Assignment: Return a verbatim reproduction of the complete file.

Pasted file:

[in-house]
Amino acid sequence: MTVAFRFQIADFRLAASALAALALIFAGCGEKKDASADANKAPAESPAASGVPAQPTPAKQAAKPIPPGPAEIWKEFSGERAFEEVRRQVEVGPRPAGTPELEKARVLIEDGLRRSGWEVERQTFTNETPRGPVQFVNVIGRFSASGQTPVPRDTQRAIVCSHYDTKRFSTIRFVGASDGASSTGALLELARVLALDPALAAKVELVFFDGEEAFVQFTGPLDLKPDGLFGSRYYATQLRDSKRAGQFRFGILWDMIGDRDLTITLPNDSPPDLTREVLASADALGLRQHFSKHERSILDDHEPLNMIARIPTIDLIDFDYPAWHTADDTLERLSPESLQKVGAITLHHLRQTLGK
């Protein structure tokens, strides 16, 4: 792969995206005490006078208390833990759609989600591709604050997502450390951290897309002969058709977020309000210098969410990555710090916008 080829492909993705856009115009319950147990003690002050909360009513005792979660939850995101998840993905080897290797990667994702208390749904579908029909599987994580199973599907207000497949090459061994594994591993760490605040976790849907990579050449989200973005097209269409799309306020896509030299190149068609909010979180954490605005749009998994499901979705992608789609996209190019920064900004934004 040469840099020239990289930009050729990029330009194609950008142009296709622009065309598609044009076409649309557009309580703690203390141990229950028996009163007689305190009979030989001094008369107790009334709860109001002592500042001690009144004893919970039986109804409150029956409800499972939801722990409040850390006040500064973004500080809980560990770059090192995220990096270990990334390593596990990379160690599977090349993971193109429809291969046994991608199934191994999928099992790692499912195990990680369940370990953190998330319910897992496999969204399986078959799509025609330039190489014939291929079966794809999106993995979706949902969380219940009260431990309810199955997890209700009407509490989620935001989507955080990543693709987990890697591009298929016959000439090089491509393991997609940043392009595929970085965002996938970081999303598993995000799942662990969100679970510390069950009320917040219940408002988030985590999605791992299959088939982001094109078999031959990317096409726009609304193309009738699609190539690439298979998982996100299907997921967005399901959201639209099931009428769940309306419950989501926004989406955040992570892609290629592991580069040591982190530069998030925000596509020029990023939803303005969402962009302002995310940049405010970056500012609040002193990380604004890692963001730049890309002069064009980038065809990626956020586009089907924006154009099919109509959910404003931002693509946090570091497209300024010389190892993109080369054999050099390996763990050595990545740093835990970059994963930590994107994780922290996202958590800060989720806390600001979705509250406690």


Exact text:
[in-house]
Amino acid sequence: MTVAFRFQIADFRLAASALAALALIFAGCGEKKDASADANKAPAESPAASGVPAQPTPAKQAAKPIPPGPAEIWKEFSGERAFEEVRRQVEVGPRPAGTPELEKARVLIEDGLRRSGWEVERQTFTNETPRGPVQFVNVIGRFSASGQTPVPRDTQRAIVCSHYDTKRFSTIRFVGASDGASSTGALLELARVLALDPALAAKVELVFFDGEEAFVQFTGPLDLKPDGLFGSRYYATQLRDSKRAGQFRFGILWDMIGDRDLTITLPNDSPPDLTREVLASADALGLRQHFSKHERSILDDHEPLNMIARIPTIDLIDFDYPAWHTADDTLERLSPESLQKVGAITLHHLRQTLGK
């Protein structure tokens, strides 16, 4: 792969995206005490006078208390833990759609989600591709604050997502450390951290897309002969058709977020309000210098969410990555710090916008 080829492909993705856009115009319950147990003690002050909360009513005792979660939850995101998840993905080897290797990667994702208390749904579908029909599987994580199973599907207000497949090459061994594994591993760490605040976790849907990579050449989200973005097209269409799309306020896509030299190149068609909010979180954490605005749009998994499901979705992608789609996209190019920064900004934004 040469840099020239990289930009050729990029330009194609950008142009296709622009065309598609044009076409649309557009309580703690203390141990229950028996009163007689305190009979030989001094008369107790009334709860109001002592500042001690009144004893919970039986109804409150029956409800499972939801722990409040850390006040500064973004500080809980560990770059090192995220990096270990990334390593596990990379160690599977090349993971193109429809291969046994991608199934191994999928099992790692499912195990990680369940370990953190998330319910897992496999969204399986078959799509025609330039190489014939291929079966794809999106993995979706949902969380219940009260431990309810199955997890209700009407509490989620935001989507955080990543693709987990890697591009298929016959000439090089491509393991997609940043392009595929970085965002996938970081999303598993995000799942662990969100679970510390069950009320917040219940408002988030985590999605791992299959088939982001094109078999031959990317096409726009609304193309009738699609190539690439298979998982996100299907997921967005399901959201639209099931009428769940309306419950989501926004989406955040992570892609290629592991580069040591982190530069998030925000596509020029990023939803303005969402962009302002995310940049405010970056500012609040002193990380604004890692963001730049890309002069064009980038065809990626956020586009089907924006154009099919109509959910404003931002693509946090570091497209300024010389190892993109080369054999050099390996763990050595990545740093835990970059994963930590994107994780922290996202958590800060989720806390600001979705509250406690």